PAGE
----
>said, "injected into all of biology a new faith in reductionism" -- a
>"shoot the radio" approach.
>As the world celebrates the golden anniversary of the discovery of
>the double helix with symposia, galas and media paeans, let me be
>contrarian: The reductionist paradigm launched by the double helix is
>just so 20th century.
>Don't misunderstand. Molecular biology was a rousing success. It
>reached its pinnacle with the sequencing of the human genome, whose
>final draft will be unveiled in April. But all good things must end,
>and there are signs that biological reductionism is one of them. It's
>pretty clear that making a parts list for an organism, even if you
>annotate it with those parts' functions, is no more adequate to
>understanding the complexity of a living thing than is listing the
>parts of a Boeing 777. Instead, you have to ask how the parts fit
>together and work together.
>The new approach is called systems biology, and it represents a huge
>departure from the reductionist paradigm. "Biology undergoes these
>revolutionary waves from time to time, after which nothing is ever
>the same," says biologist Eric Davidson of the California Institute
>of Technology, Pasadena. "This is one of those times."
>Catching the wave, the Massachusetts Institute of Technology last
>year launched a systems-biology program melding computer science,
>engineering and biology. In November, Eli Lilly & Co. established a
>systems biology lab in Singapore, where it expects to spend $140
>million over five years, and several biotech start-ups are hitching
>their stars to the new paradigm.
>Systems biology analyzes a living thing as a whole, not one gene or
>one protein at a time. "You have to look at all the elements in a
>living system to understand how they function," says biologist Leroy
>Hood. His seminal work on DNA-sequencing technology fell four-square
>in the reductionist camp, but in co-founding the Institute for
>Systems Biology in Seattle in 2000 he became one of the first and
>most prominent defectors.
>Not surprisingly, the systems approach represents an unsettling shift
>that "is not exactly welcomed" by many biologists, says Mr. Lazebnik.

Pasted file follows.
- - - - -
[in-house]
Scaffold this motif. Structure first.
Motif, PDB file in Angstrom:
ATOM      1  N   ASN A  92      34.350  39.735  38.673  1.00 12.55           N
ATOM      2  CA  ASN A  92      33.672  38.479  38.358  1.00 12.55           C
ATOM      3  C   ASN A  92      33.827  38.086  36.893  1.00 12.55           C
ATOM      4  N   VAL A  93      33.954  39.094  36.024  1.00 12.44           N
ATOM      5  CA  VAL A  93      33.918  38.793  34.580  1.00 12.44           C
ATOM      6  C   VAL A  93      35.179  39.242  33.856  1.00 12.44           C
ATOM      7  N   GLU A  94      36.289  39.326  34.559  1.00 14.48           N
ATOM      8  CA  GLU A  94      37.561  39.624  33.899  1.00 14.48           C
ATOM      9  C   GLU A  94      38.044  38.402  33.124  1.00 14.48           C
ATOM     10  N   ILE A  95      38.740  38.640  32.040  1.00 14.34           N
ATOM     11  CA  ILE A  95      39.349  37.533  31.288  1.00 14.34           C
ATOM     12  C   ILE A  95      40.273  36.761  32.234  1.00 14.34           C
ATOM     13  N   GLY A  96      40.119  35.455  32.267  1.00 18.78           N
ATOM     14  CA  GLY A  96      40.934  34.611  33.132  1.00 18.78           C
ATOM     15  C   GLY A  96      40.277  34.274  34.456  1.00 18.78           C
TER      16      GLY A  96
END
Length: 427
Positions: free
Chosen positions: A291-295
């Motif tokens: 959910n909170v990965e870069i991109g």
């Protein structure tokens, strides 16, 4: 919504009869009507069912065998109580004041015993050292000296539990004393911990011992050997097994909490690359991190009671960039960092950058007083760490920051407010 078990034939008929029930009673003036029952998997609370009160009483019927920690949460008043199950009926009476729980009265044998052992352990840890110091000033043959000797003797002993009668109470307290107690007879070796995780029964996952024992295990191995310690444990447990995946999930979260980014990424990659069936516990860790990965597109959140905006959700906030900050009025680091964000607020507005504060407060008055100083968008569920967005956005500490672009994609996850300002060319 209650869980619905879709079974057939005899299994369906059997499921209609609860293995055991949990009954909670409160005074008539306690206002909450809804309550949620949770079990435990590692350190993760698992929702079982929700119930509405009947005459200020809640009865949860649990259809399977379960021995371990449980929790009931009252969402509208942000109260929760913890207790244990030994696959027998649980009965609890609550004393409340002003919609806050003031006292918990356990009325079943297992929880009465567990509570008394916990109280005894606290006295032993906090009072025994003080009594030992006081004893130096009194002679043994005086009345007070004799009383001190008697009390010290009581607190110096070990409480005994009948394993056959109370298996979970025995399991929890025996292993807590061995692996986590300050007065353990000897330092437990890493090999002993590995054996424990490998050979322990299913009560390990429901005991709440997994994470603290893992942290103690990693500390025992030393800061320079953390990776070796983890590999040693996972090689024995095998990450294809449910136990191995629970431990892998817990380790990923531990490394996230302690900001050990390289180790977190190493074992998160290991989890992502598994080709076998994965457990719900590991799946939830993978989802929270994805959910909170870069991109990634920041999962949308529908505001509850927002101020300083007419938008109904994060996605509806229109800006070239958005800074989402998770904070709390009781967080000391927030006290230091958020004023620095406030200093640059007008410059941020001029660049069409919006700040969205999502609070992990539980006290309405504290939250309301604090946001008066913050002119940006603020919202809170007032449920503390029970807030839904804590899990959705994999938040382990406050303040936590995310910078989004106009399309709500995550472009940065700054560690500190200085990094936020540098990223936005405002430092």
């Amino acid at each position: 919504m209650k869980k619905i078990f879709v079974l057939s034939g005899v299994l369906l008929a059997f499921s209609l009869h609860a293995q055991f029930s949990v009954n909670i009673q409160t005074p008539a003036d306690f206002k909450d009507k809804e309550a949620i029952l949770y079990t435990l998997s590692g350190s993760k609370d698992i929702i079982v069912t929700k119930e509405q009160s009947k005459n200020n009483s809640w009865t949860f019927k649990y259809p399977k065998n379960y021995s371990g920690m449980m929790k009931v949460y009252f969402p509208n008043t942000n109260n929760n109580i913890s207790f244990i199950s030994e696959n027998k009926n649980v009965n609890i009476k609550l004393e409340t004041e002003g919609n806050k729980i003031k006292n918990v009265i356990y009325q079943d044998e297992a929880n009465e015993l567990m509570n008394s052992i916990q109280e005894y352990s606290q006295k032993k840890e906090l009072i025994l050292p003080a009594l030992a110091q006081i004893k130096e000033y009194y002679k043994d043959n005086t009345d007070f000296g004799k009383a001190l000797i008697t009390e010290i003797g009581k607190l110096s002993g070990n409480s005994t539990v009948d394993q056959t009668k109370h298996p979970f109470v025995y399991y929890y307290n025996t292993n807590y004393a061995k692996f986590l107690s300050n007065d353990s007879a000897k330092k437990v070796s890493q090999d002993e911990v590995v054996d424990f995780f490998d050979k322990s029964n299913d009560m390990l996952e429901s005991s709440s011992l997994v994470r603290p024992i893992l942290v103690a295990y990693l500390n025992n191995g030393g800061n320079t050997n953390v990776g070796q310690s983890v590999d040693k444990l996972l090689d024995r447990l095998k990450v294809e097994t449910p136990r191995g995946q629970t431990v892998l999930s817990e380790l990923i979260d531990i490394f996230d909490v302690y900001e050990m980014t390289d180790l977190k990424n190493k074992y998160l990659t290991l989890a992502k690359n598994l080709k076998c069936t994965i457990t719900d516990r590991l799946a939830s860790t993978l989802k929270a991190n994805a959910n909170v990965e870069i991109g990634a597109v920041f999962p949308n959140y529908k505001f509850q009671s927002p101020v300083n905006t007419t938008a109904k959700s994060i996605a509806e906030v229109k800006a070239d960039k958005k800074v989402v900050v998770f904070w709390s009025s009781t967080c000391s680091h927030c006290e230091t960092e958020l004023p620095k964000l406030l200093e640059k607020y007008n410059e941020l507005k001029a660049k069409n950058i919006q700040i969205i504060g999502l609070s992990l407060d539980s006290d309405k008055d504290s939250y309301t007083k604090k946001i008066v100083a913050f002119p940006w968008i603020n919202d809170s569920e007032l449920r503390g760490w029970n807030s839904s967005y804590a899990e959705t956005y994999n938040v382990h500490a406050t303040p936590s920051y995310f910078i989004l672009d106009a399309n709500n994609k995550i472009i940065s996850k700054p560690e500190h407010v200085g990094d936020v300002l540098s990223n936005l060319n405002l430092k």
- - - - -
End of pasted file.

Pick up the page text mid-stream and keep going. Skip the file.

>Partly, that's because "doing systems biology requires a huge change
>in the research culture," says Prof. Davidson. "In traditional
>molecular biology, each scientist works on his own gene, but the
>systems approach requires determining the effect of every gene on
>every other. You have to give up this 'my gene, your gene' stuff."
>But the payoff could be tremendous. At MIT, quantitative models
>showing the interconnections among cellular components -- much like
>the wiring diagram for a computer chip -- promise to predict
>unexpected properties of anticancer drugs such as Herceptin, says
>MIT's Peter Sorger. With any luck, the models will predict how to
>tailor cancer treatment to individual patients.
>DNA's Double Helix Isn't So Golden Now
>By Sharon Begley
>Wall Street Journal
>February 28, 2003
>If only more geneticists were Sherlock Holmes fans. They might find
>in the triumphs of the caped detective a much-needed epiphany.
>As Holmes realized in "The Adventure of Silver Blaze," it was the
>failure of a watchdog to bark on the night of the murder that
>provided a solution to the mystery. Geneticists face a similar
>puzzle. Sure, they can study people who both carry a disease gene and
>have the disease (breast cancer, melanoma, depression ...). But it
>might be a lot more illuminating to look at people who carry the gene
>but never get the disease -- a gene that doesn't bark. For these
>folks might show the way to prevention and cure.
>Last week, I wrote about a nascent revolution in which "systems
>biology" is overthrowing the reductionist, molecular-biology paradigm
>that has reigned for half a century, ever since James Watson and
>Francis Crick discovered that the DNA molecule is a double helix, 50
>years ago Friday. In particular, the new approach promises to explain
>why even the most publicized disease genes fall short of their
>Of women who carry mutations in BRCA1 and 2, widely known as
>breast-cancer and ovarian-cancer genes, for example, 56% to 87% get